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Nissan Kicks joins the subcompact SUV battle Featured

Dec 08, 2018 Hit: 166 Written by 
The Nissan Kicks is a new entry in the subcompact SUV battlefield, which seems to grow every year.
The Nissan Kicks is a new entry in the subcompact SUV battlefield, which seems to grow every year. Photo by Matt Myftiu/AutoTechReviews.com

Subcompact SUVs seem to be growing on trees lately, and there’s yet another one in town. The Kicks is the latest vehicle in Nissan’s lineup, replacing the Juke at the low end of their SUV lineup.

I recently spent time in a Kicks and I’m back with a full report on what this little lifted subcompact has to offer.

LOOKS

By the very nature of being a subcompact SUV, the Kicks is small and the back seat is tight. It’s best for people who don’t plan to have a lot of folks in the back seat regularly. Storage space is decent for the class if you put down the rear seats. The materials used inside were pretty basic, nothing fancy, and the comfort level of the driver’s seat was a bit disappointing.

Exterior design looks sharp on the Kicks, much better than the funky-looking design of the Juke. The Kicks comes with 17-inch aluminum-alloy wheels. Two-tone color schemes are offered to attract more buyers.

Additional Info

  • Vehicle:: 2018 Nissan Kicks
  • Price as tested:: $21,425
  • Best feature:: Sharp looks, low price
  • Rating:: 3.5 out of five stars
  • Who will want this vehicle?:: SUV buyers on a budget who aren't looking for power


ENGINE, HORSEPOWER

The Kicks is a little SUV, and it has just a little bit of power. It features a 1.6-liter, 16-valve, four-cylinder engine that pairs with a CVT transmission. Numbers are 125 horsepower and 115 lb.-ft. of torque.

It’s a FWD vehicle only, with no AWD offering to be found.  

In terms of straight-line speed, you get slow acceleration (almost 10 seconds from 0 to 60). This is less power than I would have liked to see, and the turbo-charged Juke was more fun to drive, even if it was uglier and more expensive. Don’t come here looking for a performance vehicle.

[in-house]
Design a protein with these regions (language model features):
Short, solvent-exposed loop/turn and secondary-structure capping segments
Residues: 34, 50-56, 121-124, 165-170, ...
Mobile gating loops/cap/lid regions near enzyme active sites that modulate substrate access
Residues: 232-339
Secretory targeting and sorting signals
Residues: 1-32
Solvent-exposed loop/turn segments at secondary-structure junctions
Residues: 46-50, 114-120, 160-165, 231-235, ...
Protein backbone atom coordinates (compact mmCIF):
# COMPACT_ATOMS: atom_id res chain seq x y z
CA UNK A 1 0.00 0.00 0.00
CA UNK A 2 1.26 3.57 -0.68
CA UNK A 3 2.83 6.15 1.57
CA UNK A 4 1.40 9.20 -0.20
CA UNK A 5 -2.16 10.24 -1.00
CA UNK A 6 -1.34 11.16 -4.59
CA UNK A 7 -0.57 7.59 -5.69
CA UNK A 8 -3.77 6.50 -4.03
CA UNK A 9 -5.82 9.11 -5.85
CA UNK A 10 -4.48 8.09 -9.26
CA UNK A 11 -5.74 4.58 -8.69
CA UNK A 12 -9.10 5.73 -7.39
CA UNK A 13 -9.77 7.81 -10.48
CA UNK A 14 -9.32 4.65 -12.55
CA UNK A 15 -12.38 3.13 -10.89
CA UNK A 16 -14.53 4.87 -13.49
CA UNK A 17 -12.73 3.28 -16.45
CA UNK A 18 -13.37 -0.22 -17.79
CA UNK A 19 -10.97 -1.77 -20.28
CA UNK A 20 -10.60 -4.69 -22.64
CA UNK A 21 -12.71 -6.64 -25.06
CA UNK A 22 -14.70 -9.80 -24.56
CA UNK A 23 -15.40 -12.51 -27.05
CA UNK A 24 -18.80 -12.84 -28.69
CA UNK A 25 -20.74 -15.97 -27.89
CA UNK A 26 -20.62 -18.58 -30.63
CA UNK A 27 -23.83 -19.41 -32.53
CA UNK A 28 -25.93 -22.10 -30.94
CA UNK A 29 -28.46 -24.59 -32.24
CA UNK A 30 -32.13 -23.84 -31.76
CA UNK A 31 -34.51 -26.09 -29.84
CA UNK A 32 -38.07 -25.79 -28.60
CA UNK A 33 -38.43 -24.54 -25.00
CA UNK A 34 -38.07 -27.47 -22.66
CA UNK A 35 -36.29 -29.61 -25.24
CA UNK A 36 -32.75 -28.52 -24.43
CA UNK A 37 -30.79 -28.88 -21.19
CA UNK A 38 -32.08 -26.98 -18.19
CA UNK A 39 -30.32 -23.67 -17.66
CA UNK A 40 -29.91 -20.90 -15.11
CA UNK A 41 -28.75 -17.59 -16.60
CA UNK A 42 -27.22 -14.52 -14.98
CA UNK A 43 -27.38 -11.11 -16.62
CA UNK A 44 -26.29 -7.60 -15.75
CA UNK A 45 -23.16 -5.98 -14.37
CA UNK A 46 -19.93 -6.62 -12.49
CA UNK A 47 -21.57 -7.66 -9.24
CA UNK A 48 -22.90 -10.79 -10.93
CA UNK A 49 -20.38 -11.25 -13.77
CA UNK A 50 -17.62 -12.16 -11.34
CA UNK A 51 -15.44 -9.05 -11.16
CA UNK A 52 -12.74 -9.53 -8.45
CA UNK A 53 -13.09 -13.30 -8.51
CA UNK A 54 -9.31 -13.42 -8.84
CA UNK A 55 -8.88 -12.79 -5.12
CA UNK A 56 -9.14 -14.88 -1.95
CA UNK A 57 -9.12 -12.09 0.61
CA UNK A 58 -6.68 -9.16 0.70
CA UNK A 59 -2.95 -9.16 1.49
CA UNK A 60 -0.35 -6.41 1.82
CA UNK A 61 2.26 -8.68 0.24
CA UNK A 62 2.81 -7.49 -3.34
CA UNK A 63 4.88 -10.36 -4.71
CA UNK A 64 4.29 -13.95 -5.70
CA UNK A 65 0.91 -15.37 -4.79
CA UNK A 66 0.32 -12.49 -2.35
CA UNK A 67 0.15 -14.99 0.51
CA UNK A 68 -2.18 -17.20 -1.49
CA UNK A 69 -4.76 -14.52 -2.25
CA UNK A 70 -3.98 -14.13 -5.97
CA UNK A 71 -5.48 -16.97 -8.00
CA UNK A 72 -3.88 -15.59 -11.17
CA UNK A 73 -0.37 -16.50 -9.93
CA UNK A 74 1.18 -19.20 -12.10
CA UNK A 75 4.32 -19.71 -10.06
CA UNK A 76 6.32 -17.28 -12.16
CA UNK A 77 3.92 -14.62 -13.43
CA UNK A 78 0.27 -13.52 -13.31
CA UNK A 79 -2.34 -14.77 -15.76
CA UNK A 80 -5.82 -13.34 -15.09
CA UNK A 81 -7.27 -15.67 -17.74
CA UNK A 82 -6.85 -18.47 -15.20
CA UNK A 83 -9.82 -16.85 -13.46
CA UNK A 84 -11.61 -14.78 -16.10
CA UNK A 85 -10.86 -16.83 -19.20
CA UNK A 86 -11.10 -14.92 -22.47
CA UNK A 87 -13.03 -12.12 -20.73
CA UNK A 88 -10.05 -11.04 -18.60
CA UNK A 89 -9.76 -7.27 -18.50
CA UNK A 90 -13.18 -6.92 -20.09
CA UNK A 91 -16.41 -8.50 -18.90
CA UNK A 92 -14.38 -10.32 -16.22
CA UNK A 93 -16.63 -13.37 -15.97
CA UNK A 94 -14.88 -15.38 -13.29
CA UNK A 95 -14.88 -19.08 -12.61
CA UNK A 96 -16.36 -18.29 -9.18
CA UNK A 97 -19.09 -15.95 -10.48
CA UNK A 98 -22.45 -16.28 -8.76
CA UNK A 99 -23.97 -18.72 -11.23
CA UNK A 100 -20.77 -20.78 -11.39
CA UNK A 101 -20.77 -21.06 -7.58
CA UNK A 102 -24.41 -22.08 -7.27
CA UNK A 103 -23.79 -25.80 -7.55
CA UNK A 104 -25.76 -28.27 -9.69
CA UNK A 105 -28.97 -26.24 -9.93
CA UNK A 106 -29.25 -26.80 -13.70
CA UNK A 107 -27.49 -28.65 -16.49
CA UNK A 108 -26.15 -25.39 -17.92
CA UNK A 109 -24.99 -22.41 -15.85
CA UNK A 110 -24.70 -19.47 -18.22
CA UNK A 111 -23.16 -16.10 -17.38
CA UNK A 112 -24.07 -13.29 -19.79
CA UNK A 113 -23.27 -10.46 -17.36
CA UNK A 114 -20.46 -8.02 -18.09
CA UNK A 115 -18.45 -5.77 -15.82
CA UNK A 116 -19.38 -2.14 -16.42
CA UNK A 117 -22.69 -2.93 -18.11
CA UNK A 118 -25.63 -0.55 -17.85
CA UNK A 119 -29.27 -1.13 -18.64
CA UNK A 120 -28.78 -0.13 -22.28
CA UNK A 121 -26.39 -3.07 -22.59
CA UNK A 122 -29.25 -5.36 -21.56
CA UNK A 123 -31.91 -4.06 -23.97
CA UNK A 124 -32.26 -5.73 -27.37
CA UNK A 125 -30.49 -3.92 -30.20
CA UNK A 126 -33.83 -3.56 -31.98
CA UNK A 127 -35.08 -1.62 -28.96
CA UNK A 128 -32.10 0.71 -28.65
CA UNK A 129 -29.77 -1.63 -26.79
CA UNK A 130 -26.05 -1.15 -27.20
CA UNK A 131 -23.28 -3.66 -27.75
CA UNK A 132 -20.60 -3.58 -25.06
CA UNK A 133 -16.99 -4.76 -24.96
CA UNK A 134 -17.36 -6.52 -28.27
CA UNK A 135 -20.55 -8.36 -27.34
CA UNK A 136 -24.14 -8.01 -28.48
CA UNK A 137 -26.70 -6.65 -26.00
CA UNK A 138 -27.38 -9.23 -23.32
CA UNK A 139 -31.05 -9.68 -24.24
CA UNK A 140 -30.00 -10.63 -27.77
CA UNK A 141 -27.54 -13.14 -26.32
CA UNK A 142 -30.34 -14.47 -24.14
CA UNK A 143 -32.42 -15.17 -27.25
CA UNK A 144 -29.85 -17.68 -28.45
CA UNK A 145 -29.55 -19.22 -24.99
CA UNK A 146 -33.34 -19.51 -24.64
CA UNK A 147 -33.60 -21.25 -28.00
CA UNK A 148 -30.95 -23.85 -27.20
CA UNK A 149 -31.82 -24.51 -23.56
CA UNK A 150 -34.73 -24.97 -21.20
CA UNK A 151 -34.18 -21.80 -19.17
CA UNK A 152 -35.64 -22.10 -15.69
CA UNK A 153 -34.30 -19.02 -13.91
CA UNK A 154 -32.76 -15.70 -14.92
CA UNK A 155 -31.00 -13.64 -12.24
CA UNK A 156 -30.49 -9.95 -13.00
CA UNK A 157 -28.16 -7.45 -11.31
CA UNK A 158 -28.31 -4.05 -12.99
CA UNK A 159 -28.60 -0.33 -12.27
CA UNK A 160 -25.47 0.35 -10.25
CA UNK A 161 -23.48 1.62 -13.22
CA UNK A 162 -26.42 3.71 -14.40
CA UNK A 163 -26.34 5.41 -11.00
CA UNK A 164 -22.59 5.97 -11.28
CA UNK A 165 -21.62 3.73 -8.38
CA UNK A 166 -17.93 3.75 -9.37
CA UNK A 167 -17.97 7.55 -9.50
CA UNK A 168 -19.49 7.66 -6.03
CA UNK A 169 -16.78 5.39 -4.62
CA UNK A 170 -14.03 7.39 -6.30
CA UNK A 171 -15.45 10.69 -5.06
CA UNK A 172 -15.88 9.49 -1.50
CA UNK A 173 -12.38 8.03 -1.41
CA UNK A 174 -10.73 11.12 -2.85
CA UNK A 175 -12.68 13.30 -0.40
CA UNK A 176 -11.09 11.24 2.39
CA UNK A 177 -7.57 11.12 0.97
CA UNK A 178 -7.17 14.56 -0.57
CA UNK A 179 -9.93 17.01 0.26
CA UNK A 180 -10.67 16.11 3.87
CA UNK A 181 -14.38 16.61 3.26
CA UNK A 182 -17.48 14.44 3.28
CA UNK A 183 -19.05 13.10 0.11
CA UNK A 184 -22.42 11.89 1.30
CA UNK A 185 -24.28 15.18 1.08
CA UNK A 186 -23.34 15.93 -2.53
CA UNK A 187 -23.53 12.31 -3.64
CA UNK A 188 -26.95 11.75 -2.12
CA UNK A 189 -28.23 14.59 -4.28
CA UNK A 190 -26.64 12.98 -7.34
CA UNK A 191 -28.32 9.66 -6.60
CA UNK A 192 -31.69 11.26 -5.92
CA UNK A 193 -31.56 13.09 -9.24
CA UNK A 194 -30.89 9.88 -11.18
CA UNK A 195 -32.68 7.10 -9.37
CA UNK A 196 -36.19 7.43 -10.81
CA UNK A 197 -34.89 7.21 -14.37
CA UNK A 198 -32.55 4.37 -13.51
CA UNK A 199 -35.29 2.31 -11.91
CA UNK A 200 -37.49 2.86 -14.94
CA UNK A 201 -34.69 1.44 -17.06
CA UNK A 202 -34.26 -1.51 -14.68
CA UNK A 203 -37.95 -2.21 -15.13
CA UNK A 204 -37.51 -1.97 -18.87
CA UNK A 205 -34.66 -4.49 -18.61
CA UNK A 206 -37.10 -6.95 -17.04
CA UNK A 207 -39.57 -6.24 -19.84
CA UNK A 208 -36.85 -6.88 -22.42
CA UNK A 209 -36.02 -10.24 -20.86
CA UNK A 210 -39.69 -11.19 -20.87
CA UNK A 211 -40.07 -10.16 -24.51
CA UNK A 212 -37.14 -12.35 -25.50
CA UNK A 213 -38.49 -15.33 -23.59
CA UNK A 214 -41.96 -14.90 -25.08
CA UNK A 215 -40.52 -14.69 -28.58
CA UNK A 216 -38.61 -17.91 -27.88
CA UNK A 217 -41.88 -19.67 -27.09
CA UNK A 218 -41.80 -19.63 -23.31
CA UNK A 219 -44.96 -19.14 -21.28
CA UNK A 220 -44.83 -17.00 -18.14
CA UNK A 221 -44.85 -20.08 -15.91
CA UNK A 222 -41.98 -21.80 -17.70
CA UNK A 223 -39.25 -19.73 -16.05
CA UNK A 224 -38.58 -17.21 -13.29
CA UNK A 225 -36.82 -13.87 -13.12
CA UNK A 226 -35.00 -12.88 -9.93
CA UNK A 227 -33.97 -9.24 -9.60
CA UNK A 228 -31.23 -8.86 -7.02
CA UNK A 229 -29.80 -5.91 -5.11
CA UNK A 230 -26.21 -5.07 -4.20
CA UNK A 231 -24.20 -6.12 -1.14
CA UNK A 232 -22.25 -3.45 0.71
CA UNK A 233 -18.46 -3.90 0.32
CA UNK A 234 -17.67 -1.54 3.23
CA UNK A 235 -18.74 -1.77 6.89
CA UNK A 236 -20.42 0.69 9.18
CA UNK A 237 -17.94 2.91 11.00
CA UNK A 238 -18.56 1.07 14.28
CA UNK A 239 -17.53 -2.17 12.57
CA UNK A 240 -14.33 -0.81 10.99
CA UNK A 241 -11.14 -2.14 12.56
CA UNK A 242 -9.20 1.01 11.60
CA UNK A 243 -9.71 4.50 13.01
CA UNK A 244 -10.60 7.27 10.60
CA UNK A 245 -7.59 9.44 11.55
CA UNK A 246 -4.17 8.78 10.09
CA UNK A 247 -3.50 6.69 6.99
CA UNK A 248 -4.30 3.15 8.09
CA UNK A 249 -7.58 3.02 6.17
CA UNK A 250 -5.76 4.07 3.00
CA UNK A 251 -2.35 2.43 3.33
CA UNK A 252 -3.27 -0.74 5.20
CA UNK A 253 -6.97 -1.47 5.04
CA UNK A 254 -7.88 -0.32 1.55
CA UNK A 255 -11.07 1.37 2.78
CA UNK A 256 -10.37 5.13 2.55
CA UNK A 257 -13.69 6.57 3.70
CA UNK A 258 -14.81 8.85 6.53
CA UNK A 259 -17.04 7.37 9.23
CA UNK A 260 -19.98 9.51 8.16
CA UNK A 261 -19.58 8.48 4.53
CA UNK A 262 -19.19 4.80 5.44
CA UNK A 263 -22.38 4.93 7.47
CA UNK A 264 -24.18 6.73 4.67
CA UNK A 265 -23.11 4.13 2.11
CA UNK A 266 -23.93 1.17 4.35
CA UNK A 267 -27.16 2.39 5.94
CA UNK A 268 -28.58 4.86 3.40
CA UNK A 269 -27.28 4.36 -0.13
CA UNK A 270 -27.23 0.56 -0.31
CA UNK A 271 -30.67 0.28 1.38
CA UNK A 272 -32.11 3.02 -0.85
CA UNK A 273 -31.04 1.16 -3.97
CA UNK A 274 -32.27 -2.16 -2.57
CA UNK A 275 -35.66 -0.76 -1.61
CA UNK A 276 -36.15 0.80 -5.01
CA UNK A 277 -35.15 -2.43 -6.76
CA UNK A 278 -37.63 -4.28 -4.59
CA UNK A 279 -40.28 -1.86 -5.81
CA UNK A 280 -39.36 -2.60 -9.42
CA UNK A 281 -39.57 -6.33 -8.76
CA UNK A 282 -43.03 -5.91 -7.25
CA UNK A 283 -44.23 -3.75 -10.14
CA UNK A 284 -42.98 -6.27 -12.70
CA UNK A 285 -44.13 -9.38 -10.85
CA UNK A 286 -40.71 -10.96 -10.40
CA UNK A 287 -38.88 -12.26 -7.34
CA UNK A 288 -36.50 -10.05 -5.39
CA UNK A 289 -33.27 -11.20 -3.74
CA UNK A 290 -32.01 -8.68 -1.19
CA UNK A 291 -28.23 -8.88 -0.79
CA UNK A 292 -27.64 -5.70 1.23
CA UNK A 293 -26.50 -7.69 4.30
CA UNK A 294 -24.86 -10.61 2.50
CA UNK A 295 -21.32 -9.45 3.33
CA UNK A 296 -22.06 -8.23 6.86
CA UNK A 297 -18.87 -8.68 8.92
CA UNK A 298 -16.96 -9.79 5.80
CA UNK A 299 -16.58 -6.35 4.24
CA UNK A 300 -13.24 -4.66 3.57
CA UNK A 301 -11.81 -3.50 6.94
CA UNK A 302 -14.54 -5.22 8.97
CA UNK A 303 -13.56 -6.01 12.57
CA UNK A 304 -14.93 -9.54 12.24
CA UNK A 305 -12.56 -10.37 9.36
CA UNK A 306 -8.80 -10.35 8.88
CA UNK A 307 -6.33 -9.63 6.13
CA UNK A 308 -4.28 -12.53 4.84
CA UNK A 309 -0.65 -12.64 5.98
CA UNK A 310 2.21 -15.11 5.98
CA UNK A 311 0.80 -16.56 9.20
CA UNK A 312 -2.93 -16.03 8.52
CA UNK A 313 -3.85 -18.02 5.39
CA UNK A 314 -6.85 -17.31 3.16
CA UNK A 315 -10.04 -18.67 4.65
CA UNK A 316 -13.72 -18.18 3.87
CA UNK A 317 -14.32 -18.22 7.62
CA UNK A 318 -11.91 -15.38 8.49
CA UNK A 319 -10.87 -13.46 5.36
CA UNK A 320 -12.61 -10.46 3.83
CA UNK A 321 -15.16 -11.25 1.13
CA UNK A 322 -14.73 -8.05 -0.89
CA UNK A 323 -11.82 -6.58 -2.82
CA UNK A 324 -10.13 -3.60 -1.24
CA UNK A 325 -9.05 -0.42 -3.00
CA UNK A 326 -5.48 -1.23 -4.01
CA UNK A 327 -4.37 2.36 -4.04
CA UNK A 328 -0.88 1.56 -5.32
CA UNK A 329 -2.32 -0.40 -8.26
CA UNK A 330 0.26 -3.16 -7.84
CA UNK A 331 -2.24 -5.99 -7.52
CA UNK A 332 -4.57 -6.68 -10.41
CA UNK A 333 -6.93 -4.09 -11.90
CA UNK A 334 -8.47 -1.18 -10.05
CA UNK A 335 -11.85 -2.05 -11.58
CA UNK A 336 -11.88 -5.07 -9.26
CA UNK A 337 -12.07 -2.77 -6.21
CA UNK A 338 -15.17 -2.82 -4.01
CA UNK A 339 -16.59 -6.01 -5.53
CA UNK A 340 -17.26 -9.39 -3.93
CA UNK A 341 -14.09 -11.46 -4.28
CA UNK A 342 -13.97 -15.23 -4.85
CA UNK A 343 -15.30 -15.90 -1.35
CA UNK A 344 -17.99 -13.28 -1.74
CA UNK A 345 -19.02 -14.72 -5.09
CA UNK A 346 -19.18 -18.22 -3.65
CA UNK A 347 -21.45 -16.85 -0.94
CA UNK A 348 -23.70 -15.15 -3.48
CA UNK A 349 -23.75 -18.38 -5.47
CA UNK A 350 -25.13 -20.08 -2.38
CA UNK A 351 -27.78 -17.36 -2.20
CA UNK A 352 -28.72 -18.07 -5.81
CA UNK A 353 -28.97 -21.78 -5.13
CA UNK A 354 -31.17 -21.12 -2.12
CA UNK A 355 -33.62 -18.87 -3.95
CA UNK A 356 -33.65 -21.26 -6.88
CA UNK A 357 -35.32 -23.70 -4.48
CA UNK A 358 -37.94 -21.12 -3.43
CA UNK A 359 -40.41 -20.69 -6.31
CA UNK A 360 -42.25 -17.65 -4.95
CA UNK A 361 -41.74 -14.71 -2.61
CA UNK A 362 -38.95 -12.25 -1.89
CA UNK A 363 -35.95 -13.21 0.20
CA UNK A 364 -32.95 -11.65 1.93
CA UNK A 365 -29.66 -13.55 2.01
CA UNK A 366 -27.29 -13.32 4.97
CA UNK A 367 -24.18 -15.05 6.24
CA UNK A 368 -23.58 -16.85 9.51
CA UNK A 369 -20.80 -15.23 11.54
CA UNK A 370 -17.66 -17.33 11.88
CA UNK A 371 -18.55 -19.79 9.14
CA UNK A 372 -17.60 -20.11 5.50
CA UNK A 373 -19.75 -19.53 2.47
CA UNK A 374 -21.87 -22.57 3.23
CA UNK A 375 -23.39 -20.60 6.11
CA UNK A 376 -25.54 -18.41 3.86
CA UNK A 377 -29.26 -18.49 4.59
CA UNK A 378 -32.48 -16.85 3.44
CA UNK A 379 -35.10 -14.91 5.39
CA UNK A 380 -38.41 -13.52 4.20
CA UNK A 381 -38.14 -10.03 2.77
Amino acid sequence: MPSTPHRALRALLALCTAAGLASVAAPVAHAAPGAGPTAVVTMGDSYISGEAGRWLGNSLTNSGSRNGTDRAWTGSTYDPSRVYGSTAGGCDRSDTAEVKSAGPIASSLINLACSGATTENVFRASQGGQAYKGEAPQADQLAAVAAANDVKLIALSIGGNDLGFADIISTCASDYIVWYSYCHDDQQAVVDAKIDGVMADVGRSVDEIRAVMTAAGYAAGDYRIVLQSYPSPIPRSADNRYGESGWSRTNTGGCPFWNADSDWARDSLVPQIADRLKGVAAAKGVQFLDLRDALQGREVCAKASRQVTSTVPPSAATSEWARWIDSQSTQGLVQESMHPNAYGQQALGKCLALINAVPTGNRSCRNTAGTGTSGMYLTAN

On the positive side, the small size of this little ute means it move around very well and respond well to your commands.


TECHNOLOGY, SAFETY

Being a budget-friendly ride, I didn’t expect a ton of safety and tech features. But I was pleasantly surprised.

All Kicks get a 7-inch touchscreen featuring a NissanConnect infotainment system that was mostly user-friendly. Navigation is offered, along with Android Auto and Apple CarPlay compatibility, plus Sirius satellite radio.

On the safety side, you get options for Blind Spot Warning (a helpful light will warn you of danger before you switch lanes), and the always helpful Rear Cross Traffic Alert. Forward collision warning and automatic emergency braking are standard.


MPG
Official fuel mileage numbers are 31 city/36 highway, and I averaged at least 30 mpg during my time in the Kicks, perhaps a tick lower than listed. These are top-of-class numbers that beat out other subcompact SUVs on the market, including the Ford EcoSport and Honda HR-V.


PRICE

There are three trim levels offered on the 2018 Nissan Kicks. The S trim level starts at $18,290; SV starts at $19,990; and SR starts at $20,590. My test vehicle had a grand total of $21,425. These are affordable prices and put it in line with or even lower than the main subcompact competitors from Ford, Toyota, Honda and Mazda.


BOTTOM LINE

The Kicks clearly targets urban buyers who want a compact vehicle that looks sharp and doesn’t waste gas, and aren’t overly concerned about power.

While its lack of power and limited size will prevent some from wanting to get their fix in the Kicks, many of those in the target market should jump at the chance and Nissan’s standing will continue to grow in the ranks of SUVs, alongside its very popular Rogue model.


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Matt Myftiu can be found on Twitter @MattMyftiu.

 

 

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Matt Myftiu

Matt Myftiu has been a journalist for two decades with a focus on technology, NASCAR and autos.

Website: www.autotechreviews.com

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